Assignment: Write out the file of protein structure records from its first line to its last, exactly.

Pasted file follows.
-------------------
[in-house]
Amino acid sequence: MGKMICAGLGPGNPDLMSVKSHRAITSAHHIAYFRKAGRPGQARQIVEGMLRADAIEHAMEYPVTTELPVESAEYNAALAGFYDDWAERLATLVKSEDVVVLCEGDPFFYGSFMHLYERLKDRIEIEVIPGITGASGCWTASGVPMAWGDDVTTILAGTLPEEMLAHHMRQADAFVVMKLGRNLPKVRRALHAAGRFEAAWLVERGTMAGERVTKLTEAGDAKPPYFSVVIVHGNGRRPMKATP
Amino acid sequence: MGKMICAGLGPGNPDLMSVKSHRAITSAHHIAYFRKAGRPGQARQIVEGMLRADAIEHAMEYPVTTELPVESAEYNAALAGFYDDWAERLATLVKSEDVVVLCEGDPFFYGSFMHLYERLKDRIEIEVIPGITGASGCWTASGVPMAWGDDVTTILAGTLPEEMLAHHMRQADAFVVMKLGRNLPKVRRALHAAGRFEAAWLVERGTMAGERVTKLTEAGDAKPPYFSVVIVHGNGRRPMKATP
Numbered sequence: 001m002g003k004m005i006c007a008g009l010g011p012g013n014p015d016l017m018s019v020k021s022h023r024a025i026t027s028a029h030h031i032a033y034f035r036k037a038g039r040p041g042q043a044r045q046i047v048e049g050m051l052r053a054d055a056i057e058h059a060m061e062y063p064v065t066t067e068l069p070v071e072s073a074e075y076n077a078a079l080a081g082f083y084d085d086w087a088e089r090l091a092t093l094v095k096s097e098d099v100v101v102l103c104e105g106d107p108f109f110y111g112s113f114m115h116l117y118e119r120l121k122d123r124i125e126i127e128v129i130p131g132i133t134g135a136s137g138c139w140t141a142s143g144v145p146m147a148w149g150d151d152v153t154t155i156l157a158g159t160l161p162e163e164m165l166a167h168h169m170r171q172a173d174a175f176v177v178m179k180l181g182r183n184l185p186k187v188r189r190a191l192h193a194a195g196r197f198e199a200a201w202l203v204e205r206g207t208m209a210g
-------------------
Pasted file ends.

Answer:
[in-house]
Amino acid sequence: MGKMICAGLGPGNPDLMSVKSHRAITSAHHIAYFRKAGRPGQARQIVEGMLRADAIEHAMEYPVTTELPVESAEYNAALAGFYDDWAERLATLVKSEDVVVLCEGDPFFYGSFMHLYERLKDRIEIEVIPGITGASGCWTASGVPMAWGDDVTTILAGTLPEEMLAHHMRQADAFVVMKLGRNLPKVRRALHAAGRFEAAWLVERGTMAGERVTKLTEAGDAKPPYFSVVIVHGNGRRPMKATP
Amino acid sequence: MGKMICAGLGPGNPDLMSVKSHRAITSAHHIAYFRKAGRPGQARQIVEGMLRADAIEHAMEYPVTTELPVESAEYNAALAGFYDDWAERLATLVKSEDVVVLCEGDPFFYGSFMHLYERLKDRIEIEVIPGITGASGCWTASGVPMAWGDDVTTILAGTLPEEMLAHHMRQADAFVVMKLGRNLPKVRRALHAAGRFEAAWLVERGTMAGERVTKLTEAGDAKPPYFSVVIVHGNGRRPMKATP
Numbered sequence: 001m002g003k004m005i006c007a008g009l010g011p012g013n014p015d016l017m018s019v020k021s022h023r024a025i026t027s028a029h030h031i032a033y034f035r036k037a038g039r040p041g042q043a044r045q046i047v048e049g050m051l052r053a054d055a056i057e058h059a060m061e062y063p064v065t066t067e068l069p070v071e072s073a074e075y076n077a078a079l080a081g082f083y084d085d086w087a088e089r090l091a092t093l094v095k096s097e098d099v100v101v102l103c104e105g106d107p108f109f110y111g112s113f114m115h116l117y118e119r120l121k122d123r124i125e126i127e128v129i130p131g132i133t134g135a136s137g138c139w140t141a142s143g144v145p146m147a148w149g150d151d152v153t154t155i156l157a158g159t160l161p162e163e164m165l166a167h168h169m170r171q172a173d174a175f176v177v178m179k180l181g182r183n184l185p186k187v188r189r190a191l192h193a194a195g196r197f198e199a200a201w202l203v204e205r206g207t208m209a210g